Good marketing always seeks to engage the audience emotionally. Why? Because emotions evoke feelings and feelings often move people to action. And let’s face it, marketing is about getting people to take action. Whether it’s clicking on a link to download your white paper or ordering a pair of shoes, marketers want their audience to do something as a result of the marketing message.
The “Diversity Dividend”
In a new report prepared by System1, brands that approach diversity strategically can benefit from the “diversity dividend.” Their research indicates that the effective use of diversity is not about going overboard in attempts to be diverse or in creating different messages for every diversity group. Instead, the report shows that different groups respond to singular messages that include diversity in much the same way.
A Uniting Effect?
The study also indicated that diverse groups not only responded similarly to the message but were actually united in their reaction to the message and the idea being communicated. For example, in Nike’s “toughest athletes” commercial, which features strong mothers engaging in very rigorous training programs, everyone in the study had the same emotional reaction – no matter their race or whether they were mothers or parents.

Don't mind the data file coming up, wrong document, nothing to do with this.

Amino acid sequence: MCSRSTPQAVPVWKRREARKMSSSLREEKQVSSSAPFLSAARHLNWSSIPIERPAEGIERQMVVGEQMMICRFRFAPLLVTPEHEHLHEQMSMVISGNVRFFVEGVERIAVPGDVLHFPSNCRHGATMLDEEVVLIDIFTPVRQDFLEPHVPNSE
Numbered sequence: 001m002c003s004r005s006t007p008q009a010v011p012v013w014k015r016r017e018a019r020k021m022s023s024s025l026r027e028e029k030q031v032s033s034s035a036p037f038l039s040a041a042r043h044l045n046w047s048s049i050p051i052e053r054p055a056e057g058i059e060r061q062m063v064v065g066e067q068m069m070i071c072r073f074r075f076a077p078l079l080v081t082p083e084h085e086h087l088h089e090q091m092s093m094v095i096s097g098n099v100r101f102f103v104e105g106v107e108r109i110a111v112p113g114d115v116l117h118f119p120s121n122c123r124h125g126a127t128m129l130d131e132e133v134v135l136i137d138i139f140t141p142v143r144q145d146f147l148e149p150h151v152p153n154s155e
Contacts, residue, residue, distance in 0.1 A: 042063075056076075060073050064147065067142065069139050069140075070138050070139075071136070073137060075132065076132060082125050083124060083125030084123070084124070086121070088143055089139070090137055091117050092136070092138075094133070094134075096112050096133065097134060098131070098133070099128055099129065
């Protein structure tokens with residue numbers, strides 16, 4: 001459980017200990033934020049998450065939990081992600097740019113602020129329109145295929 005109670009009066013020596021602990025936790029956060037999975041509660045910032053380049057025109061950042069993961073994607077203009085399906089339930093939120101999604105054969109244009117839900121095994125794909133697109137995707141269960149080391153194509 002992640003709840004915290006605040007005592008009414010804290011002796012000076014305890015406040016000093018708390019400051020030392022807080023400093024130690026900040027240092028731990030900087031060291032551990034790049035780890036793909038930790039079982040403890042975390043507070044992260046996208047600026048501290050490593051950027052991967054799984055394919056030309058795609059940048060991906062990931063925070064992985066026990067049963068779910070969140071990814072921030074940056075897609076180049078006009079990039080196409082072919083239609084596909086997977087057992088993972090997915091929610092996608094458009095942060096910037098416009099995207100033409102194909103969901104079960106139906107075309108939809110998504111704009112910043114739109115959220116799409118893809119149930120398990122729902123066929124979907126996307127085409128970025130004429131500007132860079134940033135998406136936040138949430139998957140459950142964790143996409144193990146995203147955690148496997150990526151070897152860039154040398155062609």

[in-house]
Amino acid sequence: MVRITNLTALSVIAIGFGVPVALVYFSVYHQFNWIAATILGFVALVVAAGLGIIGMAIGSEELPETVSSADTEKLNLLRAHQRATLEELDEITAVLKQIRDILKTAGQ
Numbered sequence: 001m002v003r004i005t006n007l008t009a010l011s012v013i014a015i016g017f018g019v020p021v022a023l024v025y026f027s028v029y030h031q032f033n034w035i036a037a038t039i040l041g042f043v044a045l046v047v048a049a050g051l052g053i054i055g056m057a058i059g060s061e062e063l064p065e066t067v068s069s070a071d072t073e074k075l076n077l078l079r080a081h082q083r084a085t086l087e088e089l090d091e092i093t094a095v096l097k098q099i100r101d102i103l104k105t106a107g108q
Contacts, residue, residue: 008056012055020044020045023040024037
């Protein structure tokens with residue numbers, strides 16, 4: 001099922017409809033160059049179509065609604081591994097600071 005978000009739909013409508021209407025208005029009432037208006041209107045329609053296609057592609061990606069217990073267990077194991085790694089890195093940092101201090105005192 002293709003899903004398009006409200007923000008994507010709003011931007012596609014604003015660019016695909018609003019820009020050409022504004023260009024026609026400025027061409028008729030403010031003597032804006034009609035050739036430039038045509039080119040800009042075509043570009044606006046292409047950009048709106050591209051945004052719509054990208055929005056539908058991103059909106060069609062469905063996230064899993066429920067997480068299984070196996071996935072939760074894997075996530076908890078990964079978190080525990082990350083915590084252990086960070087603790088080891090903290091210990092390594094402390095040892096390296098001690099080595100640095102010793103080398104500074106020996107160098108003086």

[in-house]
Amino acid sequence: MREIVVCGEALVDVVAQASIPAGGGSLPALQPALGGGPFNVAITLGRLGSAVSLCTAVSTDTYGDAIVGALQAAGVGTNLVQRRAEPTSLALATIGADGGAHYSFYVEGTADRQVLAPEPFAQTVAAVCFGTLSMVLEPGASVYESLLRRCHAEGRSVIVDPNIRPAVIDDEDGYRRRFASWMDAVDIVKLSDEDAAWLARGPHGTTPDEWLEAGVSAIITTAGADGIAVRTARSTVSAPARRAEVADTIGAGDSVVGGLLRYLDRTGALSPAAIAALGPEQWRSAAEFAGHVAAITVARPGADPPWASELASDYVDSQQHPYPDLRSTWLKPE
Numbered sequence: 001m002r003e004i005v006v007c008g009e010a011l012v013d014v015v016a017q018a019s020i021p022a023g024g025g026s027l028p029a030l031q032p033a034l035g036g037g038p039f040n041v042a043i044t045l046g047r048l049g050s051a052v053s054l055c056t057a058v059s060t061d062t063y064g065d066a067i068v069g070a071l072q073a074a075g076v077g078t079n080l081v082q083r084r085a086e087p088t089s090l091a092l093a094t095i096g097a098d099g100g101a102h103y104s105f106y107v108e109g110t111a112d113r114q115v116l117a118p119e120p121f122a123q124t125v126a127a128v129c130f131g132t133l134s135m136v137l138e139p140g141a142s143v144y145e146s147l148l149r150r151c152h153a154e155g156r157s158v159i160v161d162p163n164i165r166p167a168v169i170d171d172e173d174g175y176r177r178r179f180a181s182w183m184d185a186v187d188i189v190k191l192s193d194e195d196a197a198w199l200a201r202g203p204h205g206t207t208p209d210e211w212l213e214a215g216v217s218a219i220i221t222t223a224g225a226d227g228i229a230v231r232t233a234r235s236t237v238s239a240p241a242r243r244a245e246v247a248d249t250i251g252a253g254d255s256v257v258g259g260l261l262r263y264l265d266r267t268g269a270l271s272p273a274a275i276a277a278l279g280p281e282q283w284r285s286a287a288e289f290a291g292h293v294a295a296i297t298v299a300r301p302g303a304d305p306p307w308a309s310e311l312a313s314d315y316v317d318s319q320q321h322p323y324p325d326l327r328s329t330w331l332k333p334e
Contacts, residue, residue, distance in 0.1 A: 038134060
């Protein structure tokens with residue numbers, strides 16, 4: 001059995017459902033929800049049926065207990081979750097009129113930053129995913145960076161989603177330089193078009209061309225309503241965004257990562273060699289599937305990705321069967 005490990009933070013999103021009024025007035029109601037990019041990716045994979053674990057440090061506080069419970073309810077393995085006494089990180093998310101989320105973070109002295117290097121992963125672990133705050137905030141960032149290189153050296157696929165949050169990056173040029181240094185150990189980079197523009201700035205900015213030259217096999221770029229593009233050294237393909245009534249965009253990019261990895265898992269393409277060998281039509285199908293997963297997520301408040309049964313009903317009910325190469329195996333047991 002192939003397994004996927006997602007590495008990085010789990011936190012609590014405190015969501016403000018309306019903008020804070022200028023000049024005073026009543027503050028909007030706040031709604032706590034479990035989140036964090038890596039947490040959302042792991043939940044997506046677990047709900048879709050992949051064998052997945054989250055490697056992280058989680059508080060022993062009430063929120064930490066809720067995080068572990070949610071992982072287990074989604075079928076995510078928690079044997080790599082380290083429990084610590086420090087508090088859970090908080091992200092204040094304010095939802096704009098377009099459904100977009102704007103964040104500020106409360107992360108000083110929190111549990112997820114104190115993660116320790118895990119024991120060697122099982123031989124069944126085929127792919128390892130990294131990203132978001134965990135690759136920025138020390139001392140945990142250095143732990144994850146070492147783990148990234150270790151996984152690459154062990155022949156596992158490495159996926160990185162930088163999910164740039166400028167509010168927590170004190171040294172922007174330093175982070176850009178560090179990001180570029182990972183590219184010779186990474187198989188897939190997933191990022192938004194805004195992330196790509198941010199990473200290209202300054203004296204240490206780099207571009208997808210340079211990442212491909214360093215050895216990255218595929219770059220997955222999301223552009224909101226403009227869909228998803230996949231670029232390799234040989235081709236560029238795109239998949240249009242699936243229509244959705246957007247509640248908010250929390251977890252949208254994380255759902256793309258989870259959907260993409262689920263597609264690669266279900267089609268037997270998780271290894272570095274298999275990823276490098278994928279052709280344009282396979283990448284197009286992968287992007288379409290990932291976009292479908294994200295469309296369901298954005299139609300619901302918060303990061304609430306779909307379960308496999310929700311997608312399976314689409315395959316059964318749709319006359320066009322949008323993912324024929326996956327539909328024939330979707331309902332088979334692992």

The report suggests that advertising that is inclusive is not only good for society but good for business.
Nothing to See Here
Did this research really present us with a new breakthrough in advertising and messaging? Not really. It all comes back to the keys to effective messaging – telling compelling stories truthfully and authentically to cause a particular emotional reaction. And when that happens, we know that the result is a good feeling that creates a positive association with the brand.
It’s Got To Be Real
In order to make diversity work in your messaging, it must be real. Consumers are well trained in spotting tokenistic attempts at sincerity. Authenticity matters when it comes to representing various groups of people. Equally important here is to make sure that the message is not one-sided. Addressing specific issues with hard-hitting messages or depicting only painful circumstances will tilt the emotional scale too far. There is a difference between “entertaining” and “campaigning.” Don’t cross that line.
This report definitely makes a strong argument for the effectiveness of meaningful diversity in advertising and communications. By being more inclusive, you widen the circle of people who feel like they have been “seen,” and we know that when that happens, they feel good. And that brings us back to effective marketing evoking the right emotions and associations. There’s a great quote by John Harrison, Managing Partner of BBH London (Bartle, Bogle, Hegarty), that seems like a fitting way to end: “If you want to speak to everyone, speak to someone.”